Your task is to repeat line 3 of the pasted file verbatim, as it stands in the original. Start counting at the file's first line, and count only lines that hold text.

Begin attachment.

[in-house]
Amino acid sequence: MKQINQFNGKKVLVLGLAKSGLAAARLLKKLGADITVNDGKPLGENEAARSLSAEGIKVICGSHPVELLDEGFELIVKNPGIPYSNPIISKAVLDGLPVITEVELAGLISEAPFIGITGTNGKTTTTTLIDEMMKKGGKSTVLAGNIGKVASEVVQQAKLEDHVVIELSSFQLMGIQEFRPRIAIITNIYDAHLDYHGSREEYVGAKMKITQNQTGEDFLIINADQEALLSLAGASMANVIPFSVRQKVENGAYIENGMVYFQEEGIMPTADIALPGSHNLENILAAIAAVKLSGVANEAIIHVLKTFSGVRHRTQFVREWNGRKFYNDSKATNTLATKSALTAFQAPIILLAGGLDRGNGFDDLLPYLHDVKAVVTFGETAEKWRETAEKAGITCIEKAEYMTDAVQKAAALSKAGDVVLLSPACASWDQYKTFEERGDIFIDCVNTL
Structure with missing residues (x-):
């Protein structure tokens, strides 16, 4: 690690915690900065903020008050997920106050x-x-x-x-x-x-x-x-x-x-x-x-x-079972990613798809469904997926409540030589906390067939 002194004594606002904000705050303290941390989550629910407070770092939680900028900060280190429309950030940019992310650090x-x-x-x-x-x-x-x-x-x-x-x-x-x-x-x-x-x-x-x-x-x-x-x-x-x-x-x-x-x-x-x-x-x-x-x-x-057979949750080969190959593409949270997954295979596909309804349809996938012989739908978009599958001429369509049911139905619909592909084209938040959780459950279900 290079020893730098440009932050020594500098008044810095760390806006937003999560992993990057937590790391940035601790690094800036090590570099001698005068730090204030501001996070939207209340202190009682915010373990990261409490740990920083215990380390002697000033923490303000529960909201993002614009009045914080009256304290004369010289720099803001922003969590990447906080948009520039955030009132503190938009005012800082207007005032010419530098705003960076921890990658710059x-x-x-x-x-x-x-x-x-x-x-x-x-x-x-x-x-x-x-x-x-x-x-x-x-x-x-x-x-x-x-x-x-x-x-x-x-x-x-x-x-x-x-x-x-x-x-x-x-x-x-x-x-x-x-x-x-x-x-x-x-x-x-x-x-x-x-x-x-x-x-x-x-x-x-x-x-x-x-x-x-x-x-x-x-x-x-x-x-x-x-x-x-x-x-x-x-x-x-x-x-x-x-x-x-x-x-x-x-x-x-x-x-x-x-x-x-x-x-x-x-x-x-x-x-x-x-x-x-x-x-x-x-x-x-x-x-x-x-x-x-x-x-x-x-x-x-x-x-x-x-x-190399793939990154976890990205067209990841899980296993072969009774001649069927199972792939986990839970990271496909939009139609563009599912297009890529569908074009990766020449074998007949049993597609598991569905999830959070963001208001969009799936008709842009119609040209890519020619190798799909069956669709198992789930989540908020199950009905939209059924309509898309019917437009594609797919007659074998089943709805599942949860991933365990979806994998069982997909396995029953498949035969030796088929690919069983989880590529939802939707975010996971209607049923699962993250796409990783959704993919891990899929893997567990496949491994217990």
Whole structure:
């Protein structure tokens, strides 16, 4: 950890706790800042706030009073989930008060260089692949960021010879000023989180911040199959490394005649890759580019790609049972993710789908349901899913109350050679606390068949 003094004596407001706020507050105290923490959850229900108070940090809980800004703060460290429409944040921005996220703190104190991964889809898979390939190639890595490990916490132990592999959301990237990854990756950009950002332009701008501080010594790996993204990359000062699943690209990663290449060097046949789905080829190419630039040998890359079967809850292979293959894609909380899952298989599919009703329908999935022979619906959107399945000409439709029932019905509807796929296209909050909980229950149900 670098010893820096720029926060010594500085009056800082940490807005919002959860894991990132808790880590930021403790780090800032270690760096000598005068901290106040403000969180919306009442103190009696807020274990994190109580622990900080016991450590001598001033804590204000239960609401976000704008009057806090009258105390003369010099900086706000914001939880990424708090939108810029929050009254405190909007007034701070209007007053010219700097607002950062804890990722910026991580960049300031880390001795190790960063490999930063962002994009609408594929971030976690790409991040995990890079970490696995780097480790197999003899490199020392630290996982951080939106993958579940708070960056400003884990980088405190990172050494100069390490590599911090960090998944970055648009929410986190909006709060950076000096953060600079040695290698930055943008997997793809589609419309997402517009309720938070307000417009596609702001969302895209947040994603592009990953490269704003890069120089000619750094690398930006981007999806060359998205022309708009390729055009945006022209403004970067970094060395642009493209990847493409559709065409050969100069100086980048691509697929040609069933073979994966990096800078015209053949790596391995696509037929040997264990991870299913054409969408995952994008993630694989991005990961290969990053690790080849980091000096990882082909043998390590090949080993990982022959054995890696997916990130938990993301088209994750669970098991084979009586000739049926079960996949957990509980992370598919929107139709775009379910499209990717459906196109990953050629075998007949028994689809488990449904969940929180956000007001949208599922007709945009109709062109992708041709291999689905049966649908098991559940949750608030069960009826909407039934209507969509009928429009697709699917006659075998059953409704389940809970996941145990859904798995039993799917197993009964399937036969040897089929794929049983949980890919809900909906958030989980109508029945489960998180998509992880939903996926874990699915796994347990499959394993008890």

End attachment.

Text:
Structure with missing residues (x-):